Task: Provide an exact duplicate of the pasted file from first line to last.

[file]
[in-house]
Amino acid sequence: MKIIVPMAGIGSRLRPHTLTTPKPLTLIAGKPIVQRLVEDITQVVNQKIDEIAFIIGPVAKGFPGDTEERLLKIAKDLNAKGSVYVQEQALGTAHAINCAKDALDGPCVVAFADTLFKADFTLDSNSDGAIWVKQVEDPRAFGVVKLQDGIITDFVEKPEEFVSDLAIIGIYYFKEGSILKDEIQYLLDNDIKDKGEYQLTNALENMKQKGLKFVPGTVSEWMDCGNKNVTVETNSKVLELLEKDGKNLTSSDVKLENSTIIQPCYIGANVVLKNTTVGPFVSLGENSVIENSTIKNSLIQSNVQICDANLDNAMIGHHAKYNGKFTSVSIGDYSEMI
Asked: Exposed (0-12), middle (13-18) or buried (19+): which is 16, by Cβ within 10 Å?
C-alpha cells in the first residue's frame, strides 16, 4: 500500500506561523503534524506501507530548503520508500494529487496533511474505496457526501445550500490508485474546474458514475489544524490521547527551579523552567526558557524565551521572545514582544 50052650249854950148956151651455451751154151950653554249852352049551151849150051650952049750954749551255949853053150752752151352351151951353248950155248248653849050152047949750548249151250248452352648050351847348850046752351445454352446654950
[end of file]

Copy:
[in-house]
Amino acid sequence: MKIIVPMAGIGSRLRPHTLTTPKPLTLIAGKPIVQRLVEDITQVVNQKIDEIAFIIGPVAKGFPGDTEERLLKIAKDLNAKGSVYVQEQALGTAHAINCAKDALDGPCVVAFADTLFKADFTLDSNSDGAIWVKQVEDPRAFGVVKLQDGIITDFVEKPEEFVSDLAIIGIYYFKEGSILKDEIQYLLDNDIKDKGEYQLTNALENMKQKGLKFVPGTVSEWMDCGNKNVTVETNSKVLELLEKDGKNLTSSDVKLENSTIIQPCYIGANVVLKNTTVGPFVSLGENSVIENSTIKNSLIQSNVQICDANLDNAMIGHHAKYNGKFTSVSIGDYSEMI
Asked: Exposed (0-12), middle (13-18) or buried (19+): which is 16, by Cβ within 10 Å?
C-alpha cells in the first residue's frame, strides 16, 4: 500500500506561523503534524506501507530548503520508500494529487496533511474505496457526501445550500490508485474546474458514475489544524490521547527551579523552567526558557524565551521572545514582544 50052650249854950148956151651455451751154151950653554249852352049551151849150051650952049750954749551255949853053150752752151352351151951353248950155248248653849050152047949750548249151250248452352648050351847348850046752351445454352446654950